My interest in the history of the English language has led me to my own theory about the Anglo-Saxon ‘invasion’ that is supposed to have occurred after the Romans left Britain, and a lot of my reading of archaeology and history of the period is bent on exploring the puzzle of where English came from. My personal theory is that the Anglo-Saxons cannot have brought the English language with them and imposed it on the native Britons because that isn’t how language works; the language and the people who spoke it must have been present on the east side of Britain even before the Romans came, perhaps arriving over the ‘land bridge’ 10,000 years ago that connected the east side of Britain with North West Europe. There are archaeologists and other experts whose ideas provide support for this theory, though they are still in a (now growing) minority, and one of these people is Francis Pryor (another notable name is Stephen Oppenheimer, whose ideas I came across first, and I will be looking at his book in a future post). I find this area of research very exciting, and it is the reason I have set up this category on my blog, to explore these ideas about the history of our land, its peoples and the English language, that the experts touch on in their books.

Three years ago I visited Flag Fen near Peterborough, which was, is and will be one of Pryor’s lasting contributions to educating us the public on the people who once lived in England. This includes a building erected over archaeological remains that are still in situ, a reconstruction of stone and bronze age houses, and a visitor centre, on the site of a bronze age settlement that Francis Pryor excavated in the 80s with his team of archaeologists. The main focus of Flag Fen is the causeways crossing the marshes that Pryor himself first discovered in 1982, but recently eight bronze age log boats were found a couple of miles away in a quarry, which are now being conserved at Flag Fen, so this venue has become even more appealing for visitors – as we the public have a deeper affection for boats than causeways (there are set times each day when you can watch the experts working on the conservation of the log boats – due to take two years).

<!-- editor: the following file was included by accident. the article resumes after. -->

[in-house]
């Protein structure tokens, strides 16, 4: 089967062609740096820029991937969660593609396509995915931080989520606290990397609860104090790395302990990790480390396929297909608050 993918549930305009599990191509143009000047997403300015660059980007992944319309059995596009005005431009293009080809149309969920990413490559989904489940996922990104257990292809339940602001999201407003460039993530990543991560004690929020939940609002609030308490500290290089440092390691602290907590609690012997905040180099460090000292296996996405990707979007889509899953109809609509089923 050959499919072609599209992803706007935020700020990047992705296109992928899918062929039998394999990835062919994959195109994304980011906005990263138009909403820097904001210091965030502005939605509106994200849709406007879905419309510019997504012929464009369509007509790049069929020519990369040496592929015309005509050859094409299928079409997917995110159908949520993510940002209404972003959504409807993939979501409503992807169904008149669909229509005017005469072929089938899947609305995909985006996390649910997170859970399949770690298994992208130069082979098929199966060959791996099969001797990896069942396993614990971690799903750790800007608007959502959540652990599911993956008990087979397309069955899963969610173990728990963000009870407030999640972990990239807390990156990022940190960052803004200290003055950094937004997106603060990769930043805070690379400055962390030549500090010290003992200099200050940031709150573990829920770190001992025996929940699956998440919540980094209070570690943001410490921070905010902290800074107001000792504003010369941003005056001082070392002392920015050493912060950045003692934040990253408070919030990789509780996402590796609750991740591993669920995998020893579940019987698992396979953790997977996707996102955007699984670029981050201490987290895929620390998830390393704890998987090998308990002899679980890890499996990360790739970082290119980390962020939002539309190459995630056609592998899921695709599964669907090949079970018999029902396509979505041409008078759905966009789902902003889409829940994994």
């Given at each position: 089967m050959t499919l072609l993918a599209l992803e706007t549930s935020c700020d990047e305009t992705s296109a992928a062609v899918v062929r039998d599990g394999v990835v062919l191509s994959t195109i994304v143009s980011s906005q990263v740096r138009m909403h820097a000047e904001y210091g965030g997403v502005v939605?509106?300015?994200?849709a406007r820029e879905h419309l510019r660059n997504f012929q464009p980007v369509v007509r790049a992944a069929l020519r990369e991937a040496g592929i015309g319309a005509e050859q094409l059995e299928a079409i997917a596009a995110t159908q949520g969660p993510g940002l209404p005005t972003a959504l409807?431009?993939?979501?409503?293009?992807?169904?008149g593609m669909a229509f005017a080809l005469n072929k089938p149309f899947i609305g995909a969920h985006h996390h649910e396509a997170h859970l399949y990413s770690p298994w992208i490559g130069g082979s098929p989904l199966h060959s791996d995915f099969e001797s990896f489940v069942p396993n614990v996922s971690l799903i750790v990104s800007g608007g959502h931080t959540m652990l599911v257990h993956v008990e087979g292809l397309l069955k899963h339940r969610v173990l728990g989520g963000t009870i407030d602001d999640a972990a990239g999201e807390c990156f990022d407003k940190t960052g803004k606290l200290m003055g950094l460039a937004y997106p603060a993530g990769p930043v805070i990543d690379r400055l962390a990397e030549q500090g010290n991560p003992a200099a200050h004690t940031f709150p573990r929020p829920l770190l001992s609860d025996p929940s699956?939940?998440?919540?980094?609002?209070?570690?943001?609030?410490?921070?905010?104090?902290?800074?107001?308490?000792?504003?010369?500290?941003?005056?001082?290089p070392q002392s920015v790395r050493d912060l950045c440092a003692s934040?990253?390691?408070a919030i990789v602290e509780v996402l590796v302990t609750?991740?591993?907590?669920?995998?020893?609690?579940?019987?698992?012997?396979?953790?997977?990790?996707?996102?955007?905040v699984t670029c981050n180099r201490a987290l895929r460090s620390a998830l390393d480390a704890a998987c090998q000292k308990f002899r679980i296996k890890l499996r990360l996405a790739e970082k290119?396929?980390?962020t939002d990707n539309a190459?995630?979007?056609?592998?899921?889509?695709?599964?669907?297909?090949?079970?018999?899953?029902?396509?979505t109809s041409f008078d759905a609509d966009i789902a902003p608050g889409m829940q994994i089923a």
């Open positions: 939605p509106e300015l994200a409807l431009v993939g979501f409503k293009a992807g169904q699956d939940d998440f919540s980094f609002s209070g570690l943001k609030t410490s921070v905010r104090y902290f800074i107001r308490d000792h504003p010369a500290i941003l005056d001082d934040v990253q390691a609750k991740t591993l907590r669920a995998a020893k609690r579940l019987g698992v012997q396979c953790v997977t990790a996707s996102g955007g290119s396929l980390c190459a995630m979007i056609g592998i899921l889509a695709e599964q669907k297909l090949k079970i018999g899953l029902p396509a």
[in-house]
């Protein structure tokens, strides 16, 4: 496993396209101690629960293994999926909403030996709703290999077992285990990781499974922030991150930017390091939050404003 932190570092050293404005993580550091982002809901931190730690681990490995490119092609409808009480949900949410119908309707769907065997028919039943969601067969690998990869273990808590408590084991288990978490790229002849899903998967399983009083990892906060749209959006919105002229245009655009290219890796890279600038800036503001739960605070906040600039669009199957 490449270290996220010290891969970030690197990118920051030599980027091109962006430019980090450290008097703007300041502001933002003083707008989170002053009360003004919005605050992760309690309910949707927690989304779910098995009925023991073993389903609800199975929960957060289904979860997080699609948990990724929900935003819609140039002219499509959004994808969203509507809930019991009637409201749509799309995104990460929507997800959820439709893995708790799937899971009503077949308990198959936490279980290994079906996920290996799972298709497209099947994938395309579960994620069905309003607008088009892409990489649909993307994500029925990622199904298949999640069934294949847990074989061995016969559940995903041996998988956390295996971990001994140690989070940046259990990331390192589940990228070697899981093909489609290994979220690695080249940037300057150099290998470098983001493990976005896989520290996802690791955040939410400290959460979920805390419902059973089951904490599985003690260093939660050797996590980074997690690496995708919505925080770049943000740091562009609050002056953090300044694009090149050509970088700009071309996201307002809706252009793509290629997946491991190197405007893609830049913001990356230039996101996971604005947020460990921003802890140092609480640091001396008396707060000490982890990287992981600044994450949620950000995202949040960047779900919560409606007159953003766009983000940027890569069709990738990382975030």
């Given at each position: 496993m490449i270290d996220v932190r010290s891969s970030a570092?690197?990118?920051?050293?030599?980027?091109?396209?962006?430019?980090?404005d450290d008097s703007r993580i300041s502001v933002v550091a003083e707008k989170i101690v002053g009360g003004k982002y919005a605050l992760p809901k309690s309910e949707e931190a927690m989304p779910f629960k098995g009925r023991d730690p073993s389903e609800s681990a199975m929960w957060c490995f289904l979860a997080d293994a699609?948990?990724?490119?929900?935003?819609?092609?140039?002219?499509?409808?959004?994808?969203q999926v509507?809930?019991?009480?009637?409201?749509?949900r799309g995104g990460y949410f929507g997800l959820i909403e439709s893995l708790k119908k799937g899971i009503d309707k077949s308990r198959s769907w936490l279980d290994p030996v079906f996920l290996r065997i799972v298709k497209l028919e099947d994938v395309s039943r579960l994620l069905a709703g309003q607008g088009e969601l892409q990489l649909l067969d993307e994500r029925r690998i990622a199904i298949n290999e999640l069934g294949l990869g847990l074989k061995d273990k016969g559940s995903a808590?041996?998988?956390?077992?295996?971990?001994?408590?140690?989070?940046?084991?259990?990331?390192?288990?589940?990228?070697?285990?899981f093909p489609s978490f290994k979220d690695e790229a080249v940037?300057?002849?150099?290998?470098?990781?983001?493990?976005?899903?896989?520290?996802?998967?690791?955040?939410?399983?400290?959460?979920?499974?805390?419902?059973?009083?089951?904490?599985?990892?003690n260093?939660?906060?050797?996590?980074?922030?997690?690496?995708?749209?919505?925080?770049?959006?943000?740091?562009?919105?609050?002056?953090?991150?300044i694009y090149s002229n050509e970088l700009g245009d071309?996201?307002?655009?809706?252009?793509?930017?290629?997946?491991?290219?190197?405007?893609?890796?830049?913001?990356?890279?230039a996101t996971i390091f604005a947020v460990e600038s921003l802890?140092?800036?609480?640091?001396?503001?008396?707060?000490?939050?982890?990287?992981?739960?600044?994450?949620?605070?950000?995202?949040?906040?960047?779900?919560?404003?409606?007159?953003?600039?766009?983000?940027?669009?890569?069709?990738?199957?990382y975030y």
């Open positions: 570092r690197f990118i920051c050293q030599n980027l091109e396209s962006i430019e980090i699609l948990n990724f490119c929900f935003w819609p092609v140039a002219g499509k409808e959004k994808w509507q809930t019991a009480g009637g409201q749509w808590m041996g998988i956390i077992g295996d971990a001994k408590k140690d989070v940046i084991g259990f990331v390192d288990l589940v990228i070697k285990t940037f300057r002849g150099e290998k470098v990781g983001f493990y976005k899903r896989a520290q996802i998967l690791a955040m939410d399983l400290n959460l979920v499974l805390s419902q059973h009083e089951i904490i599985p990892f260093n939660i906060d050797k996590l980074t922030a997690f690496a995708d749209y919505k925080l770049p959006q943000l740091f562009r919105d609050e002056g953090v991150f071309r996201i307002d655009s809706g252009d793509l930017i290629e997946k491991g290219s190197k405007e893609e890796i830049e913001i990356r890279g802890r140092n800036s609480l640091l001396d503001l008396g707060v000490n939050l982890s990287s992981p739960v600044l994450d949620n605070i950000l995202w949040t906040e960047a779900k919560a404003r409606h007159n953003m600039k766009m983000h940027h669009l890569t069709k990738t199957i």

So Pryor has written books (which I will look at in more detail in a future post) and set up a Bronze Age centre, but he has also contributed to TV programmes such as Time Team (which features a different archaeological dig each time, if you’ve never seen it), meaning he is a recognised media figure to those of us who watch archaeological history on UK TV. He has also written and narrated a series of three programmes about the end of the Roman period and the beginning of the Anglo-Saxon period called ‘Britain AD: King Arthur’s Britain’. This is available on 4oD (the UK’s Channel Four On Demand service) and I recommend it highly if you haven’t seen it. The last episode in particular focuses on the idea that there was a ‘cultural exchange’ of ideas and artefacts between areas of eastern England and North West Europe (Scandinavia, Germany, Holland, France) during the early Anglo-Saxon period, rather than an invasion. This is not an entirely new idea amongst archaeologists working today, but it is not what the textbooks say about the period.